The evolution of 3D printing has the potential to change manufacturing and logistics across multiple sectors.
Images source: Getty images
Hailed as one of the greatest innovations ever, 3D printing’s adoption is about to boom. The report "If 3D printing has changed the industries of tomorrow, how can your organization get ready today?" explains how there has been a shift of mindset among business leaders. They are no longer weighing the benefits of this new technology against traditional manufacturing. Instead, they are exploring how they can embed it into existing manufacturing processes or create entirely new ones. This has been driven by the realization that 3D printing can be invaluable for prototyping, finished products, and after-sales support. Adopting 3D printing offers benefits in multiple applications, including:
Product development — reduced time-to-market and shortened product development design cycles
Manufacturing — reduced process time via improved tools, less waste, fewer production or assembly steps, and reduced lead time via functional integration of parts
Engineering and maintenance — more flexible maintenance processes, lower maintenance costs, and cost-efficient industrial engineering
Logistics and warehousing — reduced inventory and reduced logistics handling, transportation, and related costs
Aftermarket — increased flexibility in the delivery of spare parts, reduced costs of spare parts production and after-market care reduced time-to-market, shortened product development design cycles
Business trends driving the wider uptake of 3D printing
For businesses, simply buying a printer is not going to unlock the full potential of 3D printing. Instead, they need to consider the reasons for adopting it and how best to integrate it. Key trends influencing these considerations are:
Individualization — customer co-creation: increasingly, consumers are looking for products that are tailored to their needs.
Democratization — innovation and development from the masses: 3D printing makes it possible for individuals or collaborative teams to manufacture end products with fewer barriers to innovation. For intracompany collaboration, design teams can “fax” their part across the world to work with tangible products.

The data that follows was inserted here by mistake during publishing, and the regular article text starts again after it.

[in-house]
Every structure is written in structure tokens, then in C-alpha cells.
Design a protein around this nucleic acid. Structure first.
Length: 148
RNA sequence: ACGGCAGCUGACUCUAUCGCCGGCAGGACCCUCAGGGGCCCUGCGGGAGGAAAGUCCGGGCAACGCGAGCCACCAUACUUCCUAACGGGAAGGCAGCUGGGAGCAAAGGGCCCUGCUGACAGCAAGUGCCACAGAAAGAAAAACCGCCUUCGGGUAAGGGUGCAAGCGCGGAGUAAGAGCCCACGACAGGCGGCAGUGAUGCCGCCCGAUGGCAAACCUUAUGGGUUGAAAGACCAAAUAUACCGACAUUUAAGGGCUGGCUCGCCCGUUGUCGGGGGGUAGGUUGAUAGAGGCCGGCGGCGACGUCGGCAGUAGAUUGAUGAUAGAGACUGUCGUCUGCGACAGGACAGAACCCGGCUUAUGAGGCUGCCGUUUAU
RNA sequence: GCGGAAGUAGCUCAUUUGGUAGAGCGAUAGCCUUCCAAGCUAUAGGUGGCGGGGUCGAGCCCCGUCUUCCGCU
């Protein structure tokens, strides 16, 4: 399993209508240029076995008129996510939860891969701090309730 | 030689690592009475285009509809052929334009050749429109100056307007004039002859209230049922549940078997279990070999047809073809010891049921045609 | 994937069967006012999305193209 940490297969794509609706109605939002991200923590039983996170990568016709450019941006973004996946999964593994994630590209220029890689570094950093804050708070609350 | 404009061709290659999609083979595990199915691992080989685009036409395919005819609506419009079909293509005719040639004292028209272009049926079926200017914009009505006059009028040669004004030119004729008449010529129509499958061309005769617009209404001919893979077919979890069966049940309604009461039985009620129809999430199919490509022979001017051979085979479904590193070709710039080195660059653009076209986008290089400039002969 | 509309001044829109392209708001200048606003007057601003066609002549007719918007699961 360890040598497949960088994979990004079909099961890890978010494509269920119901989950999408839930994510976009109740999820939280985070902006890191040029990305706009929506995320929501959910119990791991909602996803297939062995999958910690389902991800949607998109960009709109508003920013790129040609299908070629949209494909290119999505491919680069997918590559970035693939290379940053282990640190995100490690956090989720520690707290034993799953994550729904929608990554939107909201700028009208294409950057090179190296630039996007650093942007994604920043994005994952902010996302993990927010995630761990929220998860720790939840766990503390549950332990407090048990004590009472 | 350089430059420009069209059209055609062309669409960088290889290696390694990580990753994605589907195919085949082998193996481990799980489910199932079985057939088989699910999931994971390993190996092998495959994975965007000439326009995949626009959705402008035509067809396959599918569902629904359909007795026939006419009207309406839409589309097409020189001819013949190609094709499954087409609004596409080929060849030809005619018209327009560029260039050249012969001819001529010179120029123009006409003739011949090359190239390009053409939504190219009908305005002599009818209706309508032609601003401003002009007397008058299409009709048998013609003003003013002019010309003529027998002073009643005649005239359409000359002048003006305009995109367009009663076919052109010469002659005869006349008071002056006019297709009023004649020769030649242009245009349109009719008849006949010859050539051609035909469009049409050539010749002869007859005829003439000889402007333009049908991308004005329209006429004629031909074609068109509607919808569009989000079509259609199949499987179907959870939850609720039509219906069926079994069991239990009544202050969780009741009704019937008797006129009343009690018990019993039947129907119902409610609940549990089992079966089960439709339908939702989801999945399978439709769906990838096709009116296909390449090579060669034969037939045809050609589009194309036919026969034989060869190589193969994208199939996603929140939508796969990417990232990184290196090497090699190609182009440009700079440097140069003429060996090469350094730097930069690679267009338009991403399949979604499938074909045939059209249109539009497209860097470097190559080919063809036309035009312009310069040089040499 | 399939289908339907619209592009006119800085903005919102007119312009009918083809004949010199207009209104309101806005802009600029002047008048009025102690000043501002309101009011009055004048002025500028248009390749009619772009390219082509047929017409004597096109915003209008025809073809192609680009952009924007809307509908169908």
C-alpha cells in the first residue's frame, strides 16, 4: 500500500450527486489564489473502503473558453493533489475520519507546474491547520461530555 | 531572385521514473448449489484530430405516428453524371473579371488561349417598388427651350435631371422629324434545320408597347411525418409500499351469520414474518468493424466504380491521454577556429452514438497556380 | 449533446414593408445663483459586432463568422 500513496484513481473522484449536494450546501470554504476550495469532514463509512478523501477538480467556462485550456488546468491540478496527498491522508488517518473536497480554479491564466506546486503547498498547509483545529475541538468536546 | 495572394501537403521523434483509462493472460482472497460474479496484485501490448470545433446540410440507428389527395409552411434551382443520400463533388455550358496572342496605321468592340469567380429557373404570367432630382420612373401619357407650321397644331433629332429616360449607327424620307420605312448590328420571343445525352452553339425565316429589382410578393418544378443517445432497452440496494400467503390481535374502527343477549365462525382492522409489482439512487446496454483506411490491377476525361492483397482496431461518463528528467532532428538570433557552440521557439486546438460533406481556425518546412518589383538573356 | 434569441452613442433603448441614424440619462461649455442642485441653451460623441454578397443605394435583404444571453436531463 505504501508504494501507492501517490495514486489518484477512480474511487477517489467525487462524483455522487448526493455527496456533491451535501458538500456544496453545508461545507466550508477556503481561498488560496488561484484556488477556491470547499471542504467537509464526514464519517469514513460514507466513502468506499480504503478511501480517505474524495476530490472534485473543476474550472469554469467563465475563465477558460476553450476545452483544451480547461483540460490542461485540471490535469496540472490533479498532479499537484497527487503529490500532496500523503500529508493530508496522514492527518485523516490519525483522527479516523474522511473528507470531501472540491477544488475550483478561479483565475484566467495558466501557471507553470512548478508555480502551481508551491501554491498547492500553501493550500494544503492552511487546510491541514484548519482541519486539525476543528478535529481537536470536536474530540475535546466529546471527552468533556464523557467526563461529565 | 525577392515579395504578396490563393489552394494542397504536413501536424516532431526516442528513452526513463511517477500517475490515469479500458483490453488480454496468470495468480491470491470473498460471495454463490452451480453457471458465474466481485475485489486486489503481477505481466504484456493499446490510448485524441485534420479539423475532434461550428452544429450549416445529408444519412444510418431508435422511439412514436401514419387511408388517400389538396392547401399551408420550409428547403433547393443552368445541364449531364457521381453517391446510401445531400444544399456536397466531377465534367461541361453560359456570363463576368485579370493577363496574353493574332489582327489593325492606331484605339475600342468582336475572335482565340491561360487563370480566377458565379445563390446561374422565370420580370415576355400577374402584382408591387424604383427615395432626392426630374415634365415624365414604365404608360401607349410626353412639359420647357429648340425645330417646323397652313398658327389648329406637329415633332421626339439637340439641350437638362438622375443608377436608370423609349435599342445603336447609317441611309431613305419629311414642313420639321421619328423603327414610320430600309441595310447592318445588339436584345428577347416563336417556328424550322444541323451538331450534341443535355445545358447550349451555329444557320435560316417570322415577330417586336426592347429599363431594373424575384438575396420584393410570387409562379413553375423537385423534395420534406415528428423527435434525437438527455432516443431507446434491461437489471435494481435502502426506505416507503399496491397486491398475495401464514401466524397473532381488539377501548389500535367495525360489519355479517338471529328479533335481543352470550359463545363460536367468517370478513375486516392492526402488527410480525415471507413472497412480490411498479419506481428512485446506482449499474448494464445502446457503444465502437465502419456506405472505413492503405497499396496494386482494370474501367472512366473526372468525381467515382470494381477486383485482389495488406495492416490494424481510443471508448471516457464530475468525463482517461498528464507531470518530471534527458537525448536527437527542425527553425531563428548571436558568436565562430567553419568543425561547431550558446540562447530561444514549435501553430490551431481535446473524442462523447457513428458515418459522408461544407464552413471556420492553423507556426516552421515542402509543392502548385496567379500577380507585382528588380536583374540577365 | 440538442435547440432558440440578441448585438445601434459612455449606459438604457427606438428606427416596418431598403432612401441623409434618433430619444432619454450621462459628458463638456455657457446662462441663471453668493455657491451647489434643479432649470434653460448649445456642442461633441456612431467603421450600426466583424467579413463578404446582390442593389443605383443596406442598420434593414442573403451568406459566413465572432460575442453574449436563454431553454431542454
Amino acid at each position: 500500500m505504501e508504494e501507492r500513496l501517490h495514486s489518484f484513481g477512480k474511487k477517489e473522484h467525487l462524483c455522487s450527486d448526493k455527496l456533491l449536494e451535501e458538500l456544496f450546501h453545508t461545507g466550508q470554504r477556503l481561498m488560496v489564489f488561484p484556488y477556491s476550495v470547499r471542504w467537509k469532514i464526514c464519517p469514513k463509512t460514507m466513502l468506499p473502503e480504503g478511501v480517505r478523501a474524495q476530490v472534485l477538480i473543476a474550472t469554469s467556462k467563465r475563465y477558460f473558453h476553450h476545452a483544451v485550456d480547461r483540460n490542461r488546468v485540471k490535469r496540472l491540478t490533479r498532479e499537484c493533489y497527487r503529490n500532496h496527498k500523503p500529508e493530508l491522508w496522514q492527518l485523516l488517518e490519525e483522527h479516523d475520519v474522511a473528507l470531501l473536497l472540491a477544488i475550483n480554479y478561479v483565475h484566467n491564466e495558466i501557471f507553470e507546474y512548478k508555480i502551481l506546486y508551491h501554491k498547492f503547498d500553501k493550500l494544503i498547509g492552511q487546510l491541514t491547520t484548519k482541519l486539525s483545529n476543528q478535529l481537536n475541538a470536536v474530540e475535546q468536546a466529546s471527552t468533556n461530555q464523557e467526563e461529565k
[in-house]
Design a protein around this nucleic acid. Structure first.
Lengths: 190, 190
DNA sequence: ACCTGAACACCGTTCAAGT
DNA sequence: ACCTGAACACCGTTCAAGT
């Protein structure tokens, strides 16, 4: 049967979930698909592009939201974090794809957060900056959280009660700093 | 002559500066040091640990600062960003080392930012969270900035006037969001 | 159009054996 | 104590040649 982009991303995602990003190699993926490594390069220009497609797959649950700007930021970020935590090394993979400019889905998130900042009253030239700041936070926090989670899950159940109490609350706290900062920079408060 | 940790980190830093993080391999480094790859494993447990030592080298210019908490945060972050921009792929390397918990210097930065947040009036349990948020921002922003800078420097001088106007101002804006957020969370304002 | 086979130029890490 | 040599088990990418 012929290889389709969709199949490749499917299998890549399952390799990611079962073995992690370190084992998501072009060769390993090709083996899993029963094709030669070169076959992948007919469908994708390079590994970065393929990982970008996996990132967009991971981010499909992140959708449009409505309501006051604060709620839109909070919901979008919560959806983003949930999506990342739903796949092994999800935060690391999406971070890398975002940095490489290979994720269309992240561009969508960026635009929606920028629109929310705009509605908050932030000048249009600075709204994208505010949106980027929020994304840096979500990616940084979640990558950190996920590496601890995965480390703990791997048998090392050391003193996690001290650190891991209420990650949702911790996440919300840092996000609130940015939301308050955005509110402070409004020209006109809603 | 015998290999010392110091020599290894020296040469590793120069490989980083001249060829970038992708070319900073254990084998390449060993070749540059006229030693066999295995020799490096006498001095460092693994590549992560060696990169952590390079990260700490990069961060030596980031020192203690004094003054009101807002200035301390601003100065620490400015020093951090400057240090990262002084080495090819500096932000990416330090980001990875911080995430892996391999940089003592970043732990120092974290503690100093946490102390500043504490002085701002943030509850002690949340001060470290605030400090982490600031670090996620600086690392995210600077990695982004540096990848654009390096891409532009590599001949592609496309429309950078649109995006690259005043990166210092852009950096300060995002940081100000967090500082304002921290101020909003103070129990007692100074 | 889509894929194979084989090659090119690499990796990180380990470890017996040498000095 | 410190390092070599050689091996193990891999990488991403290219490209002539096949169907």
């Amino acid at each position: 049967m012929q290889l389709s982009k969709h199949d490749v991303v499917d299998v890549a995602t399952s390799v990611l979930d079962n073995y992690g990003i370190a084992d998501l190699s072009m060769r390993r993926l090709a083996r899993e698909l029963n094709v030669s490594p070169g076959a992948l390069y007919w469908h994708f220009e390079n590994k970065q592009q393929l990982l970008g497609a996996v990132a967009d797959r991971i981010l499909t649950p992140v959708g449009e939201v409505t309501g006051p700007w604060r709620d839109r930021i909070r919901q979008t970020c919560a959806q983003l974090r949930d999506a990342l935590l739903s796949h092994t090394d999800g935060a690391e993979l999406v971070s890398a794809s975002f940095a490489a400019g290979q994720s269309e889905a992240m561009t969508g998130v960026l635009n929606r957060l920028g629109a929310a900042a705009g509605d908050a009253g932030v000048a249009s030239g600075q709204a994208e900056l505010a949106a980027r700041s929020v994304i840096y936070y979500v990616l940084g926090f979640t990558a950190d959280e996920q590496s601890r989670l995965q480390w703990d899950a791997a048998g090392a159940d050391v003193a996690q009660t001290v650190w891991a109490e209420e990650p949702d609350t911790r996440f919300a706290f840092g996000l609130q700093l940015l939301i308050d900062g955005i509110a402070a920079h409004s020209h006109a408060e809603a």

Sustainability — the circular economy: 3D printing reduces transport costs when the printer is located near the manufacturing line or on remote-operating bases where critical inventory requirements are high, and there are also operating cost efficiencies when using lighter materials.
3D printing, hailed as one of the greatest innovations ever, is about to boom.
Image source: Adobe Stock
Technology trends broadening the scope of 3D printing
3D printing technology has taken huge strides in recent years, for example, with larger printers, higher-quality prints, and an expanding range of printable materials. These trends and others are constantly evolving, influencing the uptake of 3D printing and opening up possibilities for making more parts in new ways:
Moving beyond prototyping: 3D printing methods such as direct metal laser sintering and electron beam melting have advanced into industrial applications, including final assemblies. The issue for companies now is how to structure supply chain assets and mix old and new processes.
Designing lightweight objects: 3D printing techniques such as honeycombing and micro-lattice can create parts that are almost completely hollow and incredibly light, yet still strong.